In 1983 Cambridge academic W.G. Runciman, reviewing Peter York and Ann Barr’s The Official Sloane Ranger Handbook, described the work as an 'anthropological survey' in the mould of such distinguished scholars as Malinowski and Veblen. Veblen’s late-nineteenth century The Theory of the Leisure Class was, Runciman explains, an 'earnest social-Darwinian exercise in the analysis and survival of certain archaic behavioural traits'. By attempting to define the Sloane ranger, York and Barr were Veblen’s disciples he concluded, albeit unintentional ones.
Nearly forty years later, eons from the Harpers & Queen heyday of the Sloanie, driven by Princess Diana and Fergie, we must ask ourselves this: where have they all gone?
The explanation for the disappearance of the Sloane usually runs along the following lines: once the rightful inhabitants of the SW3, 1, 7, 10, 6 and 5 canyons (correctly listed in order), Sloanes have been pushed out of their natural habitats by the rise of international 'new money', the decline of the City and its merchant banks, and the Lloyds crisis. Yes, they still exist in certain pockets of South London, Wiltshire and Gloucestershire but they are a dying breed.
Although Emma Corrin’s portrayal of the young Lady Di in the last season of the Crown may have raised the Sloane profile, it has morphed from a social class into a look. Wear a pie crust collar and pearls and transport yourself back to the early 80s said, somewhat unbelievably, the Guardian last year. One step short of fancy dress, the Sloane is an anachronism, doomed to bit-parts in Richard Curtis films and Jilly Cooper novels.
But there is a small pocket of Sloanedom that is very much alive and well. Moving with the times, this pocket is not a physical place - the eponymous Sloane Square mecca of old now quite changed – but an email list. Founded by ex-Guardsman and former 'truffle entrepreneur' Nigel Haddon-Paton, Radio H-P is the digital haven for Sloanes who want to operate without shame or fear of cancellation, a posh gumtree if you will. Do you want a Labrador bitch or a pony for your granddaughter? Or maybe you need an Aga top pad with an embroidered pheasant on it? Perhaps you’re looking for a discreet villa in the South of France or a chalet in Verbs? Then look no further.
But first, the small print. Radio H-P 'listeners' must provide two referees prepared to vouch for the candidate’s education and, perhaps more nebulously, their background. Formerly a charity when it began in 2015 (proceeds going to the Household Cavalry Foundation), the site now charges per advert on a sliding scale with property classifieds at the top. For a not insubstantial sum, you may place an advert adorned with the Haddon-Paton coat of arms and singular electronic politesse of the kind gumtree just can’t muster. All emails are automatically tailored to the recipient themselves and reassuringly signed off with 'Love/best wishes, Nigel'. When I placed an advert for my husband to find a room in London for the occasional weeknight, I was inundated with responses from all corners of South West London in tones reminiscent of long-lost friends or family acquaintances. I had a half a mind to take the room myself and leave the baby with my husband.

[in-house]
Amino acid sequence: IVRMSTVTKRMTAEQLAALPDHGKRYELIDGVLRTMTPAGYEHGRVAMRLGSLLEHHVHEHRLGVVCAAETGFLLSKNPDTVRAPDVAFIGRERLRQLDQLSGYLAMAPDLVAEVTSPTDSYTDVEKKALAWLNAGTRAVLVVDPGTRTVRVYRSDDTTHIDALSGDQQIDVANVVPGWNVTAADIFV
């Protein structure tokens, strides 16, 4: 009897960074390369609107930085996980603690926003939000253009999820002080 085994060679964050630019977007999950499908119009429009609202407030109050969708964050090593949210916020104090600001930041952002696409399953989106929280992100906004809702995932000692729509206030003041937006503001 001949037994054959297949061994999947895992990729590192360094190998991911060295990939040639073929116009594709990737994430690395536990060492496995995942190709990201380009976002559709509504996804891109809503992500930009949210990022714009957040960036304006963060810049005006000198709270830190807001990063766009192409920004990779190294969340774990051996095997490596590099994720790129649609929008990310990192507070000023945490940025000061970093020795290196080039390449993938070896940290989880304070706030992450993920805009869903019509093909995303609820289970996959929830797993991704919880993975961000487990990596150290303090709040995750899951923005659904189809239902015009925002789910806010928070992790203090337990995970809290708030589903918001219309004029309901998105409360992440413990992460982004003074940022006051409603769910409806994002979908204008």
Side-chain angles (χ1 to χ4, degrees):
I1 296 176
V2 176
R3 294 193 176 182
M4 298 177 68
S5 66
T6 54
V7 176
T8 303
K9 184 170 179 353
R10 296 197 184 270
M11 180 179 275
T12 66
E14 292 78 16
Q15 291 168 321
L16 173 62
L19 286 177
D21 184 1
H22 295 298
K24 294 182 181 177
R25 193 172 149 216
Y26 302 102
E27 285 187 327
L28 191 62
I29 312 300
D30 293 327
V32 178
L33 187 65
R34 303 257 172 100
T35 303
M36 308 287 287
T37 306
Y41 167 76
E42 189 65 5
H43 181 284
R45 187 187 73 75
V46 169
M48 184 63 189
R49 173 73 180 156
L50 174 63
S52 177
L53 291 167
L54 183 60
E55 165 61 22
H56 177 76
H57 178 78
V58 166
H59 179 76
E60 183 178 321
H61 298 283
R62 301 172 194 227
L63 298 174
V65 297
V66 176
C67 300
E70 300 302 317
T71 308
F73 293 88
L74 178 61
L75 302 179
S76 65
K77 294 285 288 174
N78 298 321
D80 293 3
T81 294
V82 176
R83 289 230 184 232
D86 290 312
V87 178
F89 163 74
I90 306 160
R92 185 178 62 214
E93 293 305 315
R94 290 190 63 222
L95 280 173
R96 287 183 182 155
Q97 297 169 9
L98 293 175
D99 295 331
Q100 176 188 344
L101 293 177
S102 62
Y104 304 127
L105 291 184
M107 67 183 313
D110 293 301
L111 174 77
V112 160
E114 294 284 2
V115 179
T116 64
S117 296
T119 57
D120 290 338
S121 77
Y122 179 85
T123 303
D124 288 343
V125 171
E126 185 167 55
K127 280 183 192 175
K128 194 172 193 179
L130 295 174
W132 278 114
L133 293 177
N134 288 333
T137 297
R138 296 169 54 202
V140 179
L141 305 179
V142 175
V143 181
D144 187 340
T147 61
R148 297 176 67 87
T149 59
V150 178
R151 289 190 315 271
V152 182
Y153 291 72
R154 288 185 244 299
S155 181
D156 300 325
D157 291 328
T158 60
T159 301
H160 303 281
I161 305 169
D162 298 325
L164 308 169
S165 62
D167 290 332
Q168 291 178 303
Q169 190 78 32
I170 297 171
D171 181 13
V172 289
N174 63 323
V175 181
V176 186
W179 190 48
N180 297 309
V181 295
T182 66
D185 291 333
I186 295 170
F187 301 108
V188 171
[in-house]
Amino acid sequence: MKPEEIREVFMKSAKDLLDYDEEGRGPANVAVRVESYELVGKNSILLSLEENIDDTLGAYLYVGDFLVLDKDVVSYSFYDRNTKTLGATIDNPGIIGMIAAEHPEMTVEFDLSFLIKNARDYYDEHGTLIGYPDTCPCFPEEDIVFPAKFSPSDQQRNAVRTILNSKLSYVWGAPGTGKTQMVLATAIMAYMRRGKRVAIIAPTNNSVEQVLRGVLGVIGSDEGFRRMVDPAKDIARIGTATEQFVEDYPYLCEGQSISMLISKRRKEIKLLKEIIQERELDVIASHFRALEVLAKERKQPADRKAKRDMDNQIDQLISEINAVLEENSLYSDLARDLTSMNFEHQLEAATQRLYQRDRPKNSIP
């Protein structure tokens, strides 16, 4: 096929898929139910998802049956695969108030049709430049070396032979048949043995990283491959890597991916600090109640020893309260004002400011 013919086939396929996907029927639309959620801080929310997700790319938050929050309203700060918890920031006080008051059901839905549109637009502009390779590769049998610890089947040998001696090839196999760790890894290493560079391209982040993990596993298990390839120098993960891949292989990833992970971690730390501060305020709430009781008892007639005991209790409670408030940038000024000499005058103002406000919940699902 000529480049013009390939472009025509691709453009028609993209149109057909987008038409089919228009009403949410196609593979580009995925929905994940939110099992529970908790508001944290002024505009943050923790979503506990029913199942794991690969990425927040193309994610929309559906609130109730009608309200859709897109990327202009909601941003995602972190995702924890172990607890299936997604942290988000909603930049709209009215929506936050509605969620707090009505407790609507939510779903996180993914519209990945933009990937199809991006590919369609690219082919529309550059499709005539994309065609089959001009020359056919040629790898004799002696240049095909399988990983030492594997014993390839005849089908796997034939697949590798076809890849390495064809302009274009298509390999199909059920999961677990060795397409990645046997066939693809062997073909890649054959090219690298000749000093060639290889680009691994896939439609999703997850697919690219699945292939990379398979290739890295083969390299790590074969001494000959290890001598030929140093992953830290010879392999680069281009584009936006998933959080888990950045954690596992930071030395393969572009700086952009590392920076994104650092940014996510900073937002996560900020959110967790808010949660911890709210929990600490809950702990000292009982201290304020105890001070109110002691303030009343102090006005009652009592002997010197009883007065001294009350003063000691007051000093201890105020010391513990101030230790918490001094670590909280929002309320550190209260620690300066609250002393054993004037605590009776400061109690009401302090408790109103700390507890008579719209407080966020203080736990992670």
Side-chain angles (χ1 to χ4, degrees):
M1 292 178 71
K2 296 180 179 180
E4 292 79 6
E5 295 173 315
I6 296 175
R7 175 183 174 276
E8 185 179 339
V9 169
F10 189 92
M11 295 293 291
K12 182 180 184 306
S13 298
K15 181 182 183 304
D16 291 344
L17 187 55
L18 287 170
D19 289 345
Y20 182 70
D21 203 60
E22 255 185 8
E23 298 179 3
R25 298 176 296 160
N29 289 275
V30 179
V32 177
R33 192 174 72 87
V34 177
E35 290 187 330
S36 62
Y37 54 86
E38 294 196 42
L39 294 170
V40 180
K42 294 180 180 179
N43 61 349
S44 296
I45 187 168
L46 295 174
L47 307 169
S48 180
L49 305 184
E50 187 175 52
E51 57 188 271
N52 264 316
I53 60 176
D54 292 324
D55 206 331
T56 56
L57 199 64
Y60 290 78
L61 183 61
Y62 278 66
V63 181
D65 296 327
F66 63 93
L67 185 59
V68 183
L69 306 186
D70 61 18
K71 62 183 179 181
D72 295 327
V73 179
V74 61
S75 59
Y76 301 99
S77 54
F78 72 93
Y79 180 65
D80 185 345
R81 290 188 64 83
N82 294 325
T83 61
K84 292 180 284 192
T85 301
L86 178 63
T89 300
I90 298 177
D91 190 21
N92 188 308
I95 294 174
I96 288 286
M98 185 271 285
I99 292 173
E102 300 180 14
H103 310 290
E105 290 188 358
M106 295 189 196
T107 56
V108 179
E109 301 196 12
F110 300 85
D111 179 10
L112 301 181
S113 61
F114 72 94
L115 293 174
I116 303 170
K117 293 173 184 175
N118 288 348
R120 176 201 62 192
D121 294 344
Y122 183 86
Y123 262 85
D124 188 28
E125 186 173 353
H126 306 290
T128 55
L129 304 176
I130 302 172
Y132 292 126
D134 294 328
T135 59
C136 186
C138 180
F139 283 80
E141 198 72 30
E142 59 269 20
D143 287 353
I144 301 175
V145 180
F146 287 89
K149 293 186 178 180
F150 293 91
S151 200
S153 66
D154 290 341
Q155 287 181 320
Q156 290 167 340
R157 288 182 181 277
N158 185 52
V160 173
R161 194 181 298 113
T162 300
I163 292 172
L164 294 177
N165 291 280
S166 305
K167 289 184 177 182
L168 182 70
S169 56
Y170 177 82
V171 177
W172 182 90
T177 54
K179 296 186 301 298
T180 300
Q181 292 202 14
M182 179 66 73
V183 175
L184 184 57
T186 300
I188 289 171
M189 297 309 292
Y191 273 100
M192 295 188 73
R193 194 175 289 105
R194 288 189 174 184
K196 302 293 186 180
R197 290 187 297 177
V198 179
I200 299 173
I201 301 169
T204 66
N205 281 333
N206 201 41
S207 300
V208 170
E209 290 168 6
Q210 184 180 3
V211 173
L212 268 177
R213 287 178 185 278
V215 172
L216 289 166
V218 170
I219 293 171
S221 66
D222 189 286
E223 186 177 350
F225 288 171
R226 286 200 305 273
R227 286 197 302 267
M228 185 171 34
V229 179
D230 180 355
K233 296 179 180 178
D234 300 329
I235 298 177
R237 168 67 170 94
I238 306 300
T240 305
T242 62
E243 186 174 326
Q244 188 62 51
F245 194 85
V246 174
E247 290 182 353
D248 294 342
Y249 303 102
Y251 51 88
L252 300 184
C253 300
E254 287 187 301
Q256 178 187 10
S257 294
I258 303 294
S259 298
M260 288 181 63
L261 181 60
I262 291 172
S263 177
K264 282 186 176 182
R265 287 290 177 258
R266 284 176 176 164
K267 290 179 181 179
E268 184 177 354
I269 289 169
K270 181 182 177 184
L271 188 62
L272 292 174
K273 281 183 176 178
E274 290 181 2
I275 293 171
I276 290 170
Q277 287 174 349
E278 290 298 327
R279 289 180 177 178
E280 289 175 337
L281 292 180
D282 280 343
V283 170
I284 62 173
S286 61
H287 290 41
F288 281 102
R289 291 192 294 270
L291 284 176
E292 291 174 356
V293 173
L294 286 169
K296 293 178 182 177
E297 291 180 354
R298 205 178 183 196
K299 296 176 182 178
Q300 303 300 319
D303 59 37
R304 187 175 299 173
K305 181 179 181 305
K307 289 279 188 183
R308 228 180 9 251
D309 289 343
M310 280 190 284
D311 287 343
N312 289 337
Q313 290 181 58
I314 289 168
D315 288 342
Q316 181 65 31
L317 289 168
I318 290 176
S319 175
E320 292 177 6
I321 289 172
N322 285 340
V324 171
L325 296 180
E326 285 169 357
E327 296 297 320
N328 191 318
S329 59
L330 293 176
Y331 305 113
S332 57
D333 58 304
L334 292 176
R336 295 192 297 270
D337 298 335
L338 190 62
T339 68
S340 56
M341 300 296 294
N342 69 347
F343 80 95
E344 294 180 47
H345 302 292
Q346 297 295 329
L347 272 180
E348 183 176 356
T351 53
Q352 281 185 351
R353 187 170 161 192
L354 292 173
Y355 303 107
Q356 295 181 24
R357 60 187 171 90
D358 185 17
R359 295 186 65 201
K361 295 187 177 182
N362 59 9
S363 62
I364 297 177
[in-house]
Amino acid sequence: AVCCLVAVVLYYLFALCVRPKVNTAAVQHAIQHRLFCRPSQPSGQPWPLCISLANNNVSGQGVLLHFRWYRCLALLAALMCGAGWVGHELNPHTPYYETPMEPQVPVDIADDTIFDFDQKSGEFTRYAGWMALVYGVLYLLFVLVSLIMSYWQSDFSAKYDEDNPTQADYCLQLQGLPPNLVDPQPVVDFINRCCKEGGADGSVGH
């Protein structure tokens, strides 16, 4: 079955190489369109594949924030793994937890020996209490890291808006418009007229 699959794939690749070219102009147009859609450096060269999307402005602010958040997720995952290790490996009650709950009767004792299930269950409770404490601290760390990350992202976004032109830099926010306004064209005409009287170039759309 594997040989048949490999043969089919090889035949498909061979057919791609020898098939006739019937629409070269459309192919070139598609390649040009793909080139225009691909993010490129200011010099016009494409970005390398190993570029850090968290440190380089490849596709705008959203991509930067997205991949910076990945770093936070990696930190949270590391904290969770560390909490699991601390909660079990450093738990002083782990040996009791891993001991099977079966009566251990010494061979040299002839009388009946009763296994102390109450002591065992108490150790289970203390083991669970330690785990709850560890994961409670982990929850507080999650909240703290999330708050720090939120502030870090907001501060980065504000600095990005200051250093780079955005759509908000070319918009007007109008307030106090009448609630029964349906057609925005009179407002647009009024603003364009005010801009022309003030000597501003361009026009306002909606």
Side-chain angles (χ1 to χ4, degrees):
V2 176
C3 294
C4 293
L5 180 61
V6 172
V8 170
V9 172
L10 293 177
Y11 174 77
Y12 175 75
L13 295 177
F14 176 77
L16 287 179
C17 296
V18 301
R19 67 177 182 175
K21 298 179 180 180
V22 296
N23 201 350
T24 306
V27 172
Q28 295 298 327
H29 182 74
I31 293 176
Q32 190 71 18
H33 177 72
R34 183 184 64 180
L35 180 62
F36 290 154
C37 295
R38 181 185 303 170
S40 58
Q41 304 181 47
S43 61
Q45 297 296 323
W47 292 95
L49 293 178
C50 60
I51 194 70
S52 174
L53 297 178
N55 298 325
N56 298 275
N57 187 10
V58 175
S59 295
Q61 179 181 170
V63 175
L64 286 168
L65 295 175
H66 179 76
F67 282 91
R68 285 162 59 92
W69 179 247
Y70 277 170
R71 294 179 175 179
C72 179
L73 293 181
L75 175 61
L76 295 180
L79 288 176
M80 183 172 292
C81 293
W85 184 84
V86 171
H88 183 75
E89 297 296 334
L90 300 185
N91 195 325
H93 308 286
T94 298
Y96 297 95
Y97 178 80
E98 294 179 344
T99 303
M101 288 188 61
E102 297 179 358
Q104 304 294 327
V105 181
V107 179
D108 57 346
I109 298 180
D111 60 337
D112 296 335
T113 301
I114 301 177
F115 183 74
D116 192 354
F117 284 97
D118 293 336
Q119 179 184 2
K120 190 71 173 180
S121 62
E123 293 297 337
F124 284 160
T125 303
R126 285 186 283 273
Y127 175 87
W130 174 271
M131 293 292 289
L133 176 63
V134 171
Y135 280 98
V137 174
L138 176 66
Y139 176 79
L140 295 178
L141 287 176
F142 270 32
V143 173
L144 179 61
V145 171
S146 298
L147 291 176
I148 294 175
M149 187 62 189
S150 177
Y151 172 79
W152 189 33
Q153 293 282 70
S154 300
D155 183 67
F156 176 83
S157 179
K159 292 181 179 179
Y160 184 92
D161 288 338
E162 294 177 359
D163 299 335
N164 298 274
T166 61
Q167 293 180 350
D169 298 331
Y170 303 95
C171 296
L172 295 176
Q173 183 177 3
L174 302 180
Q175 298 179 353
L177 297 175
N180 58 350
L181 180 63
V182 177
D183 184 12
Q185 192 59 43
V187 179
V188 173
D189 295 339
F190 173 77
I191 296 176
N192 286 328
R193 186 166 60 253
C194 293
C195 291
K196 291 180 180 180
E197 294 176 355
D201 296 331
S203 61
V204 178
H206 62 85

Originally created out of the demand for SW3 parents seeking internships for their children, Radio H-P has morphed into a mausoleum of rituals and behaviours, offering a safe space for an endangered tribe to commune. In recent times I have noticed far more dating adverts appear on the network, a bellwether (if any were needed) for the inefficiency of the Tinder/Bumble algorithm or a death-knell for a certain kind of dinner party socialising. When it comes to childcare, Radio H-P harks back to the Norland Nanny model, advertising for nice girls to cook and put the children to bed while the parents enjoy a stiff drink elsewhere. Even Boris might have found the nanny he had in mind had he advertised accordingly.
Closed networks aren’t anything new; the upper-middle classes have always operated far from the prying eyes of the masses, be it at public school speech days, gymkhanas, or tennis clubs. What is new is the level of rampart needed to protect a certain sensibility that dare not speak its name. Driven from the public eye by the tide of wokeism and latterly by the pandemic, Sloanes must huddle together to survive. Nigel H-P, dubbed the 'Mark Zuckerberg of Fulham' (without the Adidas sliders) would no doubt agree, although what he makes of Veblen is anyone’s guess.